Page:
In a YA paranormal romance series I contributed to, out of 11 books total, the breakdown is 1 HEA, 4 HFNs, and 6 break-ups. And the sole HEA is a special circumstance of the characters’ paranormal status (not vampires, though). The editors did worry about whether reviewers would object to so many of the romances having “downer” endings, but the readers don’t seem to mind–reading about how things aren’t necessarily going to be forever-and-ever-love with your first boyfriend seems to strike a chord.

    Only a couple of these books even remotely brush against the topic of sexual feelings or actual intimacy, and reviewers are classifying them as middle readers (ages 10-14 tops). So I think there is an instinctive sense that, to reach the YA audience, to give them real-feeling stories that help them process their own experiences, you’ll have to include some of those experiences.

    As to how “titillatingly” that should be portrayed…it might have been helpful when I was a YA to hear more about the range of what’s normal from a sympathetic character in an interesting story.

    The most sexually explicit books I read as a teen were about dragonriders, elf orgies, vicious rapes in a male-dominated fantasy world, Heinlein science fiction, and sneaking a peek at some “adult” (pretty pornographic) books on the parents’ shelves. I think I’d have been a lot better off with some books targeted to my own age range, across a variety of genre interests. So…I’m more and more getting on board with this idea.

  20. Carolyne
    Dec 19, 2012 @ 12:15:42

    @Anne: I haven’t read a sample yet, but your comment inspires me along the lines of “be the change you want to see in the world,” maybe to try and write in this direction. Reading this thread (and commenting and commenting) has helped me solidify some of my thoughts about this topic. I have many thoughts that are still wobbly.

    (I’d have appended this to my previous comment, but the browser on the tablet doesn’t let me edit.)

  21. Anne
    Dec 19, 2012 @ 12:55:10


    Actually the break-ups are the rule in the books I read, and not the exception. Girls getting of course pregnant from first time sex, having to get an abortion, being ostracised, boys dropping them like hot potatoes the next moment, parents walking in on the couples, religious nuttery, no sexual enjoyment, girls called sluts and slut-shamed, rape, assault – you name it, it’s all there.

    If you go by this it’s a downright wonder teenagers aren’t terrified into joining a holy order first thing.

  22. Keishon
    Dec 19, 2012 @ 13:23:06

    YA Erotica – not my interest at all.

    I am drawn to writers who explore cultural differences and show how one can respect and understand them. I also tend to enjoy stories of self-identity, understanding the consequences of one’s actions. Good ole social issues aren’t all bad either. I’m not averse to sexual content in teen novels. I think the story and characters should dictate how explicit the sex should be (and you can extrapolate that further). Lastly, I enjoy good ole angst. Authors who serve that up to my satisfaction are C.K. Kelly Martin and Melina Marchetta to name a few of the contemporary writers of YA fiction.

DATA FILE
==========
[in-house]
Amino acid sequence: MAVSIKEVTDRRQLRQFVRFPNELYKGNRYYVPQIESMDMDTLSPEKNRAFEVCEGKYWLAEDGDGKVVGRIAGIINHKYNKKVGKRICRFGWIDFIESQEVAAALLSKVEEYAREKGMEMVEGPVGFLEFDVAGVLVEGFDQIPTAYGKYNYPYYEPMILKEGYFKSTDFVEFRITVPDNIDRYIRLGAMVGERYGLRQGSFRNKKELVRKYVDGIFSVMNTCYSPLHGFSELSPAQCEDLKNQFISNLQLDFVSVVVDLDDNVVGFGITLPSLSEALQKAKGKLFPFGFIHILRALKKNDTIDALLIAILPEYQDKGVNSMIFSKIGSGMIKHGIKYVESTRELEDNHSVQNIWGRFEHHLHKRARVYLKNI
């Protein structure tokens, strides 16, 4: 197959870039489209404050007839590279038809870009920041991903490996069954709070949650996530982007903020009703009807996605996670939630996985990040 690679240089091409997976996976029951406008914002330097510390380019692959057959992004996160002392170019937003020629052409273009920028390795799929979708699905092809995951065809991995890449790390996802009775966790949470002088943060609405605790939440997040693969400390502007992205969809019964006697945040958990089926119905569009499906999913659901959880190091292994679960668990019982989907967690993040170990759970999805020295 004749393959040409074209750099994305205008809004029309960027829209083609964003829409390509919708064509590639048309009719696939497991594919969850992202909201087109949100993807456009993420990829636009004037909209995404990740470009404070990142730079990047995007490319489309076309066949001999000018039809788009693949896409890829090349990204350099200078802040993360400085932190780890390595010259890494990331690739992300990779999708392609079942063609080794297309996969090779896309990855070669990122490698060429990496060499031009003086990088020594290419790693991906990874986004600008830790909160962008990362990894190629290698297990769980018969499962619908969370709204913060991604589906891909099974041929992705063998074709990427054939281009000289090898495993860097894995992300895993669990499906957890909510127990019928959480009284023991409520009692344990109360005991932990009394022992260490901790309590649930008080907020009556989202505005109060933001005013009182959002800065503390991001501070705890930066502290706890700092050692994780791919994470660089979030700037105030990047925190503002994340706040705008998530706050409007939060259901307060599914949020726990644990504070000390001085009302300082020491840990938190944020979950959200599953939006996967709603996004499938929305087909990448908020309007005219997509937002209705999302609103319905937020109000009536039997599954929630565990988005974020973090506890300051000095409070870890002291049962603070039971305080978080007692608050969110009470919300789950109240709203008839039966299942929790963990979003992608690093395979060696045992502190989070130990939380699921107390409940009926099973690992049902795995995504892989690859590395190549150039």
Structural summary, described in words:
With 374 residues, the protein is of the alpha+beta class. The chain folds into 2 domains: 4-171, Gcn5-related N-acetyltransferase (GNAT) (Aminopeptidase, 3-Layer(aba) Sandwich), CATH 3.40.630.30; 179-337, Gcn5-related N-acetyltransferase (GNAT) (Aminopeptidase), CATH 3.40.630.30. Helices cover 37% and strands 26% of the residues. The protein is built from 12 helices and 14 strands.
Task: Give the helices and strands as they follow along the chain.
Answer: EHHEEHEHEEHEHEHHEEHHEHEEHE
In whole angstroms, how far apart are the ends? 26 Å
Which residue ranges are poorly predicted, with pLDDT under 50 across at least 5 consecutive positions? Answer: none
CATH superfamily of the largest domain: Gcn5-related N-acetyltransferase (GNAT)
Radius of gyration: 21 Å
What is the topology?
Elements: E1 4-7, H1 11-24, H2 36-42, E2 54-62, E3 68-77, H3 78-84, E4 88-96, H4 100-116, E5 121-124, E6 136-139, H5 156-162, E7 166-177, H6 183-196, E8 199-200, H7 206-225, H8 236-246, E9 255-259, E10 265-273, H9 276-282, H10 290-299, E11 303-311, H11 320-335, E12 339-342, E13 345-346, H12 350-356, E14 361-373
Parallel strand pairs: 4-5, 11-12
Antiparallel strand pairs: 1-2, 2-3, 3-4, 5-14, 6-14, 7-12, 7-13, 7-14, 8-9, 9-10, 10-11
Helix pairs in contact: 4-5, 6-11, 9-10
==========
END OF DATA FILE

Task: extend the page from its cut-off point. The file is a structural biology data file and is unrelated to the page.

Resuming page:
23. Amber Peart
    Dec 19, 2012 @ 14:40:37

    Ugh. That publisher seems to be saying “Kids are gonna read smut anyway, we may as well publish it for them.” And comparing their books to Blume? I mean, Forever was not about sex. It just had sex in it.

  24. Susan
    Dec 19, 2012 @ 16:54:14

    Yay on the Penguin settlement. I have so many Penguin books on my wish list, hoping that the prices will drop even just a bit.

  25. Carrie G
    Dec 19, 2012 @ 17:16:32

    I think there is a big difference between sexual exploration in YA books, and YA erotica. If erotica is defined the same way it is for the “adult” books, I see absolutely no place for YA erotica. If writers are exploring teen sexuality in a way that realistic, I doubt it would be “erotic” very often. Honest presentation of sex in YA books would have more about discovery, trial and error, and even embarrassment and failure than anything “erotic.” I’ll admit to not being 100% comfortable with my young teens reading books with explicit sex, and I’d probably preread them so I could discuss the issues (which i do for violence in teen books already). But I do see that if well handled it could be a blessing for middle and older teens to encounter realistic portrayals of sexual relationships, both those that work out positively (and I’m not talking “forever HEA” here) and those that don’t. But when Erotic and YA are used in the same sentence, it makes me queasy.

  26. Ann Somerville
    Dec 19, 2012 @ 19:10:04

    A friend of mine had to leave the YA GLBT group on Goodreads because she was sickened by the adult writers (of adult m/m) invading the group and promoting YA erotica, and complaining about the lack of sexy times in YA GLBT books.

    So while it would be nice to think YA erotica will be read by YA readers and done in an age appropriate and sensitive way a la Blume, I suspect this is just a way of pandering to adult readers with adult tastes, who want to have their paedophilia cake and eat it too (while maintaining plausible deniability.)

    Would be pleased to be proved wrong, of course.